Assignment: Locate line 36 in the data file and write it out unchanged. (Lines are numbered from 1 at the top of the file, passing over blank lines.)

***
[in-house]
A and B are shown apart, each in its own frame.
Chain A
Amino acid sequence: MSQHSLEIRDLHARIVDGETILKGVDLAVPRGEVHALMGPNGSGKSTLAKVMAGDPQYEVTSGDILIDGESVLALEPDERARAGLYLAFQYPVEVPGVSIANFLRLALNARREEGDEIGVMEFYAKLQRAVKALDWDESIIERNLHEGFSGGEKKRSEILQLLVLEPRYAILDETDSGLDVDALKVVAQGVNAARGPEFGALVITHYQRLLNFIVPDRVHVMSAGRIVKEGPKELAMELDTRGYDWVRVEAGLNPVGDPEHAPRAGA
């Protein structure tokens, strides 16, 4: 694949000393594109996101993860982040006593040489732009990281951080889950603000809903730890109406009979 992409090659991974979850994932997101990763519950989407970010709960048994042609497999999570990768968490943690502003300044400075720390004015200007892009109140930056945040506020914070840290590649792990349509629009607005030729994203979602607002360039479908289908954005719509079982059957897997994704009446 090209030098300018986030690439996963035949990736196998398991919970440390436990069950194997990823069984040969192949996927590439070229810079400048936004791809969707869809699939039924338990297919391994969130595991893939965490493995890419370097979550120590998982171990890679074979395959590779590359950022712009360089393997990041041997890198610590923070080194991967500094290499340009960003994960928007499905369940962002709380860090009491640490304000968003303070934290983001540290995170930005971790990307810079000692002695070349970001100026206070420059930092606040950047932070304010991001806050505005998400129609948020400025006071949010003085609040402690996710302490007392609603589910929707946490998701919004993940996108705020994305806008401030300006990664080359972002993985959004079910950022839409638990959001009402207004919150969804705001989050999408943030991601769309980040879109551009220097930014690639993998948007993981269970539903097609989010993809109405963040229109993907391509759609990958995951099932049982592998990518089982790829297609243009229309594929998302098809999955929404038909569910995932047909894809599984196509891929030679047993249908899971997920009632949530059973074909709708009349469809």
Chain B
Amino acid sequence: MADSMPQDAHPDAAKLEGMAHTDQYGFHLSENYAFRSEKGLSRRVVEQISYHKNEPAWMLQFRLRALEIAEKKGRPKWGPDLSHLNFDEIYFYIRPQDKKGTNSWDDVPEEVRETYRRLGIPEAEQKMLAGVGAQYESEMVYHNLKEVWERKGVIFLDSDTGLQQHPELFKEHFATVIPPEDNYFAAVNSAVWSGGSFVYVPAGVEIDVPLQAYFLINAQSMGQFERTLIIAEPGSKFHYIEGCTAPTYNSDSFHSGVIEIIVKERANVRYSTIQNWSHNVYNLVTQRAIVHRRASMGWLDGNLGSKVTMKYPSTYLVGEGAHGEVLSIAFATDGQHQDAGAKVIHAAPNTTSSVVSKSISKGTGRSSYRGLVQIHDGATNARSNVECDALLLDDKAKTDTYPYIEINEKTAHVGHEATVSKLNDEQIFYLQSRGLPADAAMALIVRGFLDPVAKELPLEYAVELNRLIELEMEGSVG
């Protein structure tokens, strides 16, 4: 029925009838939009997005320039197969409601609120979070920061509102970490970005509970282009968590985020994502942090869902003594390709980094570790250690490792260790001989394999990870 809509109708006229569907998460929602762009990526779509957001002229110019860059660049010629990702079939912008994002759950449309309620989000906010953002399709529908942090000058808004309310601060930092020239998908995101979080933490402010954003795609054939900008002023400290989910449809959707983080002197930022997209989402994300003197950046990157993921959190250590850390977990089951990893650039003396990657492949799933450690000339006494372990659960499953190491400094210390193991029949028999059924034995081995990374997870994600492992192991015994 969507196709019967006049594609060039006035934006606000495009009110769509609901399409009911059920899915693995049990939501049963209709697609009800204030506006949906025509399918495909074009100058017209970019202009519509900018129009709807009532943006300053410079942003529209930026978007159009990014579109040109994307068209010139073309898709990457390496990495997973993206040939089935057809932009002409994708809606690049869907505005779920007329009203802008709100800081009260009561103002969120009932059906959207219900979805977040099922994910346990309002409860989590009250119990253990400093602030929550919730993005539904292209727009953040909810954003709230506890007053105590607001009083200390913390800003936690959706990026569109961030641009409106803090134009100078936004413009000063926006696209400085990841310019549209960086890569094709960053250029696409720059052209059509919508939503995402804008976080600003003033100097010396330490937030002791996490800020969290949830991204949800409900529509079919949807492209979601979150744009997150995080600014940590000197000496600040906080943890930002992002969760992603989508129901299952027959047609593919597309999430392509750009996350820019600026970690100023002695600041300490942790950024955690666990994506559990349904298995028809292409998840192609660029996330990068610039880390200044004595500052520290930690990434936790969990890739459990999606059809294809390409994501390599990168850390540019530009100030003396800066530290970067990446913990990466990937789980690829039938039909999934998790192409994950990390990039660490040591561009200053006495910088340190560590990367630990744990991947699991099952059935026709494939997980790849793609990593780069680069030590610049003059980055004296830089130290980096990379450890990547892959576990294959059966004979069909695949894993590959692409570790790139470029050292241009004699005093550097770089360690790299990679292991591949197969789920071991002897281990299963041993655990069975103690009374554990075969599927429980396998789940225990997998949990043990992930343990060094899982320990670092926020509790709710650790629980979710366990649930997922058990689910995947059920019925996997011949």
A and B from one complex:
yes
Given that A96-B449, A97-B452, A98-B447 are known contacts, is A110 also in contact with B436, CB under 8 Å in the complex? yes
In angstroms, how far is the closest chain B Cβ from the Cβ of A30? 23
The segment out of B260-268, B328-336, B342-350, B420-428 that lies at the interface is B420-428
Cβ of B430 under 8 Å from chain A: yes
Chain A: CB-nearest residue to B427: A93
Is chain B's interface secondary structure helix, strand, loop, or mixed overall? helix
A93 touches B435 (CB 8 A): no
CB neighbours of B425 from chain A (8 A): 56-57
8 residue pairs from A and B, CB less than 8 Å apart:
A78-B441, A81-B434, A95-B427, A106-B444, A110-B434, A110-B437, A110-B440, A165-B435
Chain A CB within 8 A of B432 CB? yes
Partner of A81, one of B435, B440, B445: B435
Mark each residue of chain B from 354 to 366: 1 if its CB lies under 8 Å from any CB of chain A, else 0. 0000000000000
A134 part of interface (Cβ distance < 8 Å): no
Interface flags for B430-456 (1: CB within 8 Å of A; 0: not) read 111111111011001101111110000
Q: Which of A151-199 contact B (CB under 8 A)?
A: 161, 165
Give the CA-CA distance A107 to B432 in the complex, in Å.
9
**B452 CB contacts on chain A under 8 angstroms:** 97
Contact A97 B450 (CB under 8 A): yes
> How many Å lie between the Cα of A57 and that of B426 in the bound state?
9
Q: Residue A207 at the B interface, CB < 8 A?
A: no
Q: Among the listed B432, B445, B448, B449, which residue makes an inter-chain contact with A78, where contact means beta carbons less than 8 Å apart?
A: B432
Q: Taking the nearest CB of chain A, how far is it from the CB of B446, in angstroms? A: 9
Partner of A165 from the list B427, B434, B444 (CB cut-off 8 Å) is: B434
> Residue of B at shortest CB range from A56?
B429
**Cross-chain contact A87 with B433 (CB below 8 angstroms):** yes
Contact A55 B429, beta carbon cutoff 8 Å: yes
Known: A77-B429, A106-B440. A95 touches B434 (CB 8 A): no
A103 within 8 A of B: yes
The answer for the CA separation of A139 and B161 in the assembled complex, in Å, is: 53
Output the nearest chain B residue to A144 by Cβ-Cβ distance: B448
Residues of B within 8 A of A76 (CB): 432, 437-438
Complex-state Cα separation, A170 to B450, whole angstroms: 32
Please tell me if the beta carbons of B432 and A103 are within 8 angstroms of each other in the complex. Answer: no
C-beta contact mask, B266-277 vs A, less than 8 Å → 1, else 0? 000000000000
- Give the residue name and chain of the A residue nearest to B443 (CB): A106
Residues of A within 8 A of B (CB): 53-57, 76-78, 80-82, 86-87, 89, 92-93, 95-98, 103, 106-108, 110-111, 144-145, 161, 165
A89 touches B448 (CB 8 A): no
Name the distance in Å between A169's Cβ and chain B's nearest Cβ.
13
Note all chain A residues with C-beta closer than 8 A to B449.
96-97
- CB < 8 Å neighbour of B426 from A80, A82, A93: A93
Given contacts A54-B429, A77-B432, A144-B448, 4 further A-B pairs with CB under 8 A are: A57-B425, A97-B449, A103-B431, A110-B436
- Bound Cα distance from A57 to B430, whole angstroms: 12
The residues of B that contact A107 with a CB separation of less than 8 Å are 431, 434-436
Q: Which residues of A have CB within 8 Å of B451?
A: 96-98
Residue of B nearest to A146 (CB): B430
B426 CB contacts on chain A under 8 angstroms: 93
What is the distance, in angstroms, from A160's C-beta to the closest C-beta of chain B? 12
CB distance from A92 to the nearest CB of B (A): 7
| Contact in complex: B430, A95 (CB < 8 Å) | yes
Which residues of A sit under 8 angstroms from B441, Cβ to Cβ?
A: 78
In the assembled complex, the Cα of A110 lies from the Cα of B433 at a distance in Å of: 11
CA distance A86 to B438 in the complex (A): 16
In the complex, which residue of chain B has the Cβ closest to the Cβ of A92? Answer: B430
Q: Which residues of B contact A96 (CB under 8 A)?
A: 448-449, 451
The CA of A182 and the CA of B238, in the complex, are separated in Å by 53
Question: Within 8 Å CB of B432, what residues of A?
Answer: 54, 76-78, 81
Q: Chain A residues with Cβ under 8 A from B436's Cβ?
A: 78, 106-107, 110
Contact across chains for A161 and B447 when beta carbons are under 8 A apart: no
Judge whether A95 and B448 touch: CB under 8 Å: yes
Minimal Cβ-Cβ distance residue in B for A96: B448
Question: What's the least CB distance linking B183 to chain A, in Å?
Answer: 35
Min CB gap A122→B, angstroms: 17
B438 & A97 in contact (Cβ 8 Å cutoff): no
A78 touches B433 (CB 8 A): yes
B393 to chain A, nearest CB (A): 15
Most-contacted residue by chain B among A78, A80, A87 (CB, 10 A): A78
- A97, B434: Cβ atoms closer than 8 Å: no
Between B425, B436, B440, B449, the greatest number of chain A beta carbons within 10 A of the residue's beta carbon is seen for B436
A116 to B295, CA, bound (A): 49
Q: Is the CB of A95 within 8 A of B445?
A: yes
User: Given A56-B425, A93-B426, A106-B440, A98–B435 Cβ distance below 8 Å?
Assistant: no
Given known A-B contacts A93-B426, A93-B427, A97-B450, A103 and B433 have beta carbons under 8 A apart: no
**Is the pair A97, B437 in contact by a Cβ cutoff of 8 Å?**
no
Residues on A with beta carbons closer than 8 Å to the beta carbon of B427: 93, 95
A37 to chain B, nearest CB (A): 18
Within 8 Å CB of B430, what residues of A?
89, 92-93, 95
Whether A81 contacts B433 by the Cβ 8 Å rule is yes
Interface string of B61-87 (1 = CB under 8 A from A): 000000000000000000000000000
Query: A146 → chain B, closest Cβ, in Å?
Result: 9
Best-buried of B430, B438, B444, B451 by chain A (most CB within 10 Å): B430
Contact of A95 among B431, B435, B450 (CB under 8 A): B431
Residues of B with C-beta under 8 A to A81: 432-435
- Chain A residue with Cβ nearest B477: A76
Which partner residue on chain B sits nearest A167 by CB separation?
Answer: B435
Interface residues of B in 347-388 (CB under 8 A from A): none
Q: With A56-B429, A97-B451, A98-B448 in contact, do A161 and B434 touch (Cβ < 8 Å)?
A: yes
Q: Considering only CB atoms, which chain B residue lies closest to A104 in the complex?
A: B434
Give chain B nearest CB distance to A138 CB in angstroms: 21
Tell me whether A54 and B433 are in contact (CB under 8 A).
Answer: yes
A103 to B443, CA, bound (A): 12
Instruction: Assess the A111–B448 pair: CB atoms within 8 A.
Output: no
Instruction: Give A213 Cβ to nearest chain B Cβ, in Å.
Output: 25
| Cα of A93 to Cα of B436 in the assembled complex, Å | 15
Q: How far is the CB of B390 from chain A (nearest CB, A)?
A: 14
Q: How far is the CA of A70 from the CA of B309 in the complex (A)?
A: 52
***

Q: Among the listed B432, B445, B448, B449, which residue makes an inter-chain contact with A78, where contact means beta carbons less than 8 Å apart?